In the Archdiocese of Perth, detailed research and extensive consultation was conducted before it preceded to form its first Diocesan Pastoral Council (DPC) in 1973, but it was discontinued in the late nineties, according to an Australian historical study by Damian Gleeson, commissioned by the National Centre for Pastoral Research. Photo: Ron Tan.
The First Archdiocesan Assembly is set to be launched Trinity Sunday 4 June at St Mary’s Cathedral.
Announced by Perth Archbishop Timothy Costelloe SDB on Tuesday 11 April, will consider the re-establishment of a Diocesan Pastoral Council (DPC) and how it will reflect a synodal church, as encouraged by Pope Francis.
The journey towards the Assembly will also be highlighted in parishes across the Archdiocese with information to be distributed in the coming weeks.
The convening of the Diocesan Assembly, Archbishop Costelloe highlighted, is a relatively modest initiative, but it is designed to set a pattern for ongoing consultation and discernment using the synodal method.
“Which I hope will become a permanent feature of the life of our Archdiocese in the future,” Archbishop Costelloe expressed.
“We must continue together along the path of becoming “a synodal Church which is a listening Church, aware that listening is more than hearing. It is a reciprocal listening in which everyone has something to learn,” he said, referring to comments made by Pope Francis.
The establishment of Diocesan Pastoral Councils were highly encouraged by the Bishops of the Second Vatican Council.
Episcopal Vicar for Education and Faith Formation, the Very Rev Fr Vincent Glynn speaks with a catechumen during the Rite of Election in March this year. Photo: Jamie O’Brien.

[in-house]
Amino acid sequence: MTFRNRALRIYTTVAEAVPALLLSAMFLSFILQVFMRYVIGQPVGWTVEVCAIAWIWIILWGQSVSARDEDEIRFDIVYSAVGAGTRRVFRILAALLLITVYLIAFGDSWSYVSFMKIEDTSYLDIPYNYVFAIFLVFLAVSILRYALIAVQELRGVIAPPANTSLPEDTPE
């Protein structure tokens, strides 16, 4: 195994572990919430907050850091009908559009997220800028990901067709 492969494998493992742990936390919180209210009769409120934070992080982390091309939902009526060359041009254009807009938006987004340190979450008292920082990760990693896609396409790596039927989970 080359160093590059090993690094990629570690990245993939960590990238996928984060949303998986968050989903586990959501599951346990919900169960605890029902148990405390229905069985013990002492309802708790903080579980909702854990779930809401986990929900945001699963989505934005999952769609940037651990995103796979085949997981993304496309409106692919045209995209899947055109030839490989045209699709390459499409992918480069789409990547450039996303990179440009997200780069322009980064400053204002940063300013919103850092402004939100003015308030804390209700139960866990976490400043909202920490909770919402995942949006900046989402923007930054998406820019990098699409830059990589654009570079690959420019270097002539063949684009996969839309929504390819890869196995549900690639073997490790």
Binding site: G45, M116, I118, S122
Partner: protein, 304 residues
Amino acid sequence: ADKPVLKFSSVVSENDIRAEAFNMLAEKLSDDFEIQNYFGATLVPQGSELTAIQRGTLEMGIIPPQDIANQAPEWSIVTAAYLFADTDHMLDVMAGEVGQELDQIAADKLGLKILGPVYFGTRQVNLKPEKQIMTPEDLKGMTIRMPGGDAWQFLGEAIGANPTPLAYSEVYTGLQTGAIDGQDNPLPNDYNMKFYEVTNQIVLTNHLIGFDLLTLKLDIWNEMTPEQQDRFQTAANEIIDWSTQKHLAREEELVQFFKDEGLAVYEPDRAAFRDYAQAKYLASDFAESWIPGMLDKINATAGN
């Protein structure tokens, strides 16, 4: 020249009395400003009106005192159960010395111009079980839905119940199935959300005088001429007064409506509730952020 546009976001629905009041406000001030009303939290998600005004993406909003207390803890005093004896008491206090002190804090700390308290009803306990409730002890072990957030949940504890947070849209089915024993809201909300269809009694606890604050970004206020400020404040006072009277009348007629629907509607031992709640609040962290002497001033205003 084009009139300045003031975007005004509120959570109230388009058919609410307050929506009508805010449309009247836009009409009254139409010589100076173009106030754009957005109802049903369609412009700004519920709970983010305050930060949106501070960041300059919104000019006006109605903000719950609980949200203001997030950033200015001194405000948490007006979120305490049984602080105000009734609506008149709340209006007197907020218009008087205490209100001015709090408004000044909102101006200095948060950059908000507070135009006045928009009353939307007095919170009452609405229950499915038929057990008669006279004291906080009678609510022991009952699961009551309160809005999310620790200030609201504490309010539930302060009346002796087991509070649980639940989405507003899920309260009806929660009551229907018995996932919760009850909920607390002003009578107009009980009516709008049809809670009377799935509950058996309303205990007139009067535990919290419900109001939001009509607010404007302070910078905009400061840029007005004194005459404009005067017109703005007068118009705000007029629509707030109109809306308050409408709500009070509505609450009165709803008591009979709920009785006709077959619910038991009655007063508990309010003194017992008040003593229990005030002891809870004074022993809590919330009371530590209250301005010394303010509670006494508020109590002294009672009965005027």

In the Archdiocese of Perth, detailed research and extensive consultation was conducted before it preceded to form its first Diocesan Pastoral Council (DPC) in 1973, but it was discontinued in the late nineties, according to an Australian historical study by Damian Gleeson, commissioned by the National Centre for Pastoral Research.
Episcopal Vicar for Education and Faith Formation, and chair of the Diocesan Assembly Reference Committee, the Very Rev Fr Vincent Glynn, explained that a Diocesan Pastoral Council will have a pivotal role in shaping and guiding the pastoral life of the Catholic Church at the diocesan level.
Composed of clergy, religious, and laypeople, with diverse backgrounds, representing various parishes, ministries, and apostolic works within the diocese, the DPC would serve as a consultative body to the diocesan bishop, providing valuable insights, suggestions, and recommendations on matters concerning the spiritual and practical aspects of diocesan life.
“By bringing together clergy and laity, a Diocesan Pastoral Council embodies the principle of co-responsibility in the Church, acknowledging the importance of collaboration and dialogue in decision-making processes,” Fr Vincent highlighted.
“By engaging in these exchanges, council members contribute to the formulation of practical and pastorally relevant solutions that address the needs of the people in the diocese,” he said.
A member of the Personal Advocacy Service team prays during a liturgy in 2017. Fr Vincent highlighted that Diocesan Pastoral Councils also hold a vital role in facilitating pastoral renewal within the diocese. Photo: The Record.
“Through their active involvement in council meetings, members have the opportunity to pray and discern what the Holy Spirit is calling the Archdiocese to do, in communion, mission and participation,” Fr Vincent explained.
Fr Vincent concluded that Diocesan Pastoral Councils also hold a vital role in facilitating pastoral renewal within the diocese.
“By engaging in strategic planning, evaluating pastoral programs, and assessing the effectiveness of pastoral initiatives, a DPC contributes to the ongoing revitalisation of the local Church.
“It serves as a catalyst for innovation, encouraging the development of new approaches to evangelisation, catechesis, and social outreach.
“Through its collaborative efforts the DPC fosters a spirit of continuous growth, adaptability, and relevance in responding to the ever-evolving needs of all the people of the diocese,” he said.
A staff member from Personal Advocacy Service re-enacts scripture during the Catechists Commissioning Mass in 2022. Photo: Michelle Tan.